Not all parenting relationships are straightforward, in fact, some are
quite complex from both an emotional and legal standpoint. Some children
are not cared for by their parents, instead, they have a legal guardian
who looks out for their best interests.
A guardian is trusted with the responsibility to care for the child and
provide them with any necessities they might require. If you are interested
in becoming a child’s legal guardian, or if you wish to appoint
a guardian for your child, find out how guardianship laws apply in Texas.
Texas Guardianship Basics
Any minor child (under the age of 18) or incapacitated adult requires a
legal guardian. An incapacitated adult is anyone who cannot care for themselves
of make their own decisions. For example, a severely disabled adult might
need a guardian. However, most guardianship cases have to do with children.
A child’s parents are automatically trusted with custody, which means
a legal guardian is not necessary unless the parent is no longer the child’s
primary caretaker. If a parent cannot care for their child, they will
need to appoint a legal guardian in their stead. When a parent is deceased,
unfit, or absent, the child will fall to the guardian’s care. If
the child has another parent, the other parent will likely take custody,
or other relatives might file for custody instead. However, if custody
is not an option, the child will be entrusted to a legal guardian.
Guardians are charged with caring for their wards in the same way a parent
would care for a child. A guardian might be appointed on a temporary basis,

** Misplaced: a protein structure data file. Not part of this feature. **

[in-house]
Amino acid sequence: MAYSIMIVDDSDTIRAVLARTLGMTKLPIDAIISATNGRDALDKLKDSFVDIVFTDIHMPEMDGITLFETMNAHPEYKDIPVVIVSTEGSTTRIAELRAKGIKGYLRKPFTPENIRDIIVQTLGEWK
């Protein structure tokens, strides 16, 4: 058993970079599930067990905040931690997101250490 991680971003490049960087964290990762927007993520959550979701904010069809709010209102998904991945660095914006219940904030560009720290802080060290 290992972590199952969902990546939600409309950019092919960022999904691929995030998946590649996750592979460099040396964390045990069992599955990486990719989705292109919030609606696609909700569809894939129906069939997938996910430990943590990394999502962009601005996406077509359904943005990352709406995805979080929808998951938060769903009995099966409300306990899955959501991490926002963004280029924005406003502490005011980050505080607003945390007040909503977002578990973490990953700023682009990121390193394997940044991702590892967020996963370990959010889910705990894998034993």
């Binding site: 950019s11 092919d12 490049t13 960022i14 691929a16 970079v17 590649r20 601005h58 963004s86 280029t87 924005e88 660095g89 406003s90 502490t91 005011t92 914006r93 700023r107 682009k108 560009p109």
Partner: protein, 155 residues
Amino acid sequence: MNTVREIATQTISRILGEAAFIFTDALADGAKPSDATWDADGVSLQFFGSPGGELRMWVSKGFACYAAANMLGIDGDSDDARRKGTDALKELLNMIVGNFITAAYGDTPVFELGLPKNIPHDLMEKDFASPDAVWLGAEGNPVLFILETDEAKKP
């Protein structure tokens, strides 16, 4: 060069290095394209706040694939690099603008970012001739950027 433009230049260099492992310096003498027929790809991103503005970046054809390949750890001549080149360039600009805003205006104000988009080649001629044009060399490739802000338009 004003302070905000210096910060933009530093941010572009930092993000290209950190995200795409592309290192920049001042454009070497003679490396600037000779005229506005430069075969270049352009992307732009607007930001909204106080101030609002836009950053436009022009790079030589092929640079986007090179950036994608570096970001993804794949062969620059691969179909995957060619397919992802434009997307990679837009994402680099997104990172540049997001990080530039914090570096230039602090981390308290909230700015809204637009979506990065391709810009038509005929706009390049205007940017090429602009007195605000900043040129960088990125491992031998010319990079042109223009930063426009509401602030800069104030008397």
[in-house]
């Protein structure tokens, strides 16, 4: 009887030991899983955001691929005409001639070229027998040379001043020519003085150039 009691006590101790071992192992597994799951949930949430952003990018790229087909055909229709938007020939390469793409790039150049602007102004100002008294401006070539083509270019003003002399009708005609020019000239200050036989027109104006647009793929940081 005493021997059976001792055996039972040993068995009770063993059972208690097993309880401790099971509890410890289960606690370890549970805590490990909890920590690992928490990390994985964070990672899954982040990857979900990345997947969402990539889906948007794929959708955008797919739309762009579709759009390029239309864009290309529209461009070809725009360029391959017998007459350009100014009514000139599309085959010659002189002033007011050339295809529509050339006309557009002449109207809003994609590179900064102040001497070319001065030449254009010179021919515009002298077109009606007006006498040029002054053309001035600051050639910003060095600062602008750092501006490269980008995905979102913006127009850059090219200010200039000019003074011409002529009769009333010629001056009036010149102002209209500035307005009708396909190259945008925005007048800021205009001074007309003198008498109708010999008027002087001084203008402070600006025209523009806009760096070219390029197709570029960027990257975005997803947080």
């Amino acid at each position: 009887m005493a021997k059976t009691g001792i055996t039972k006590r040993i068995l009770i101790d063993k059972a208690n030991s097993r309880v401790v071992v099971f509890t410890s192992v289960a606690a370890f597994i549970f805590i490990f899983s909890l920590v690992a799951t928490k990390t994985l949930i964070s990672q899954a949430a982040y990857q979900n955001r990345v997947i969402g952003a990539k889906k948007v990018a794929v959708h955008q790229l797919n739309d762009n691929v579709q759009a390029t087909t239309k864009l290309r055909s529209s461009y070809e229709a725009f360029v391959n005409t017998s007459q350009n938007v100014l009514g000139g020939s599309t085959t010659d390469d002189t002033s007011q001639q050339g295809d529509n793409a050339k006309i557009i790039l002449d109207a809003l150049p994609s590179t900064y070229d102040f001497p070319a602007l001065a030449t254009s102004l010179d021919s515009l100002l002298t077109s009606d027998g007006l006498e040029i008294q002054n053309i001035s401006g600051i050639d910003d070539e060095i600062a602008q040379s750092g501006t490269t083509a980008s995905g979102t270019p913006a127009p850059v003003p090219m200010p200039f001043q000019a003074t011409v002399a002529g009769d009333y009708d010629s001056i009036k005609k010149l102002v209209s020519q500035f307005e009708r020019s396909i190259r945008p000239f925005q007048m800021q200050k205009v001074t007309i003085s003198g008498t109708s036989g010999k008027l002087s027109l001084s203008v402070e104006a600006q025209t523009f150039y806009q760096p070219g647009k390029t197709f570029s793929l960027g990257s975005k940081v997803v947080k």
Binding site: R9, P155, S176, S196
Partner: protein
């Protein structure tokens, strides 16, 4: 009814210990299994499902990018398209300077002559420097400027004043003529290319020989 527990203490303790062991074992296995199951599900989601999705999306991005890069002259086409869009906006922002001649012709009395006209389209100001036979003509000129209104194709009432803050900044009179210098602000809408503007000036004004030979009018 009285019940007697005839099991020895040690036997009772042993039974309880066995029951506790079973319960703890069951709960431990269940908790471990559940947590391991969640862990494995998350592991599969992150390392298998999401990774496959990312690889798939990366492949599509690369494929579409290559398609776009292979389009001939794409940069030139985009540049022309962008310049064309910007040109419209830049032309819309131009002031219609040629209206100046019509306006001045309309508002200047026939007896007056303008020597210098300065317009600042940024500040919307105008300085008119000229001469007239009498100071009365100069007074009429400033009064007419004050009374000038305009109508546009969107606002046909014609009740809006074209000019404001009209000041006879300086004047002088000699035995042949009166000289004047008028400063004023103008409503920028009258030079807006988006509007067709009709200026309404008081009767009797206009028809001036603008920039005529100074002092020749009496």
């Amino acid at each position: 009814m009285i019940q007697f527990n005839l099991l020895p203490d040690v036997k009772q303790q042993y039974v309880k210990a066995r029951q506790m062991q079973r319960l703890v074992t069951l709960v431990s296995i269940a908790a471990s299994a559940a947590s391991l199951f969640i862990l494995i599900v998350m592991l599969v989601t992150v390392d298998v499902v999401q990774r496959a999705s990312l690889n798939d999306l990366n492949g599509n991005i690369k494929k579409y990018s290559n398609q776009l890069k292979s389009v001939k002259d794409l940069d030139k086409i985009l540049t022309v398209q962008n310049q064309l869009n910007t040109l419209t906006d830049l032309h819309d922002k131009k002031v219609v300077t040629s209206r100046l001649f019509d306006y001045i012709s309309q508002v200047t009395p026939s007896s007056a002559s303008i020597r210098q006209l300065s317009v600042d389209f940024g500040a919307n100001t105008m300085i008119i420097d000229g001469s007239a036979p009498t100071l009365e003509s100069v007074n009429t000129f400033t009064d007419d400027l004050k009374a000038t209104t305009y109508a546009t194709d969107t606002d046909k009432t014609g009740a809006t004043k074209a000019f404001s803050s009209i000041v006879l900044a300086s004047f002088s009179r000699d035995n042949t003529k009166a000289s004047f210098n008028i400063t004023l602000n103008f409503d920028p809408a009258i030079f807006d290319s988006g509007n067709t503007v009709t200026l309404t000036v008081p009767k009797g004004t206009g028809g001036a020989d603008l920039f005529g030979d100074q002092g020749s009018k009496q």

or a permanent one, depending on the situation.
The responsibilities of a guardian include:
- Providing for the ward’s health needs
- Providing the ward with safe housing, food, and other essentials
- Handling the ward’s estate or assets
- Guiding and supporting the ward
Appropriate Legal Guardians
Parents may appoint a legal guardian in their will or estate plan in order
to appoint a caretaker for their child if both parents should pass away.
In cases where the parent appoints a guardian, the court will honor that
request so long as the guardian is deemed fit. If the parent does not
appoint a guardian, the court will do so instead. When the court chooses
a guardian, it usually looks for the child’s closest living relatives,
such as grandparents, adult siblings, aunts, or uncles. However, if a
family friend chooses to apply for guardianship, it is possible they could
succeed, despite being unrelated. For adult guardianship, the process
is much the same, but the spouse of the incapacitated adult is typically
given first priority.
If you are dealing with a guardianship issue, our firm is prepared to help. Contact the Law Office of Kathryn Marteeny
to discuss your situation with our Houston family lawyers.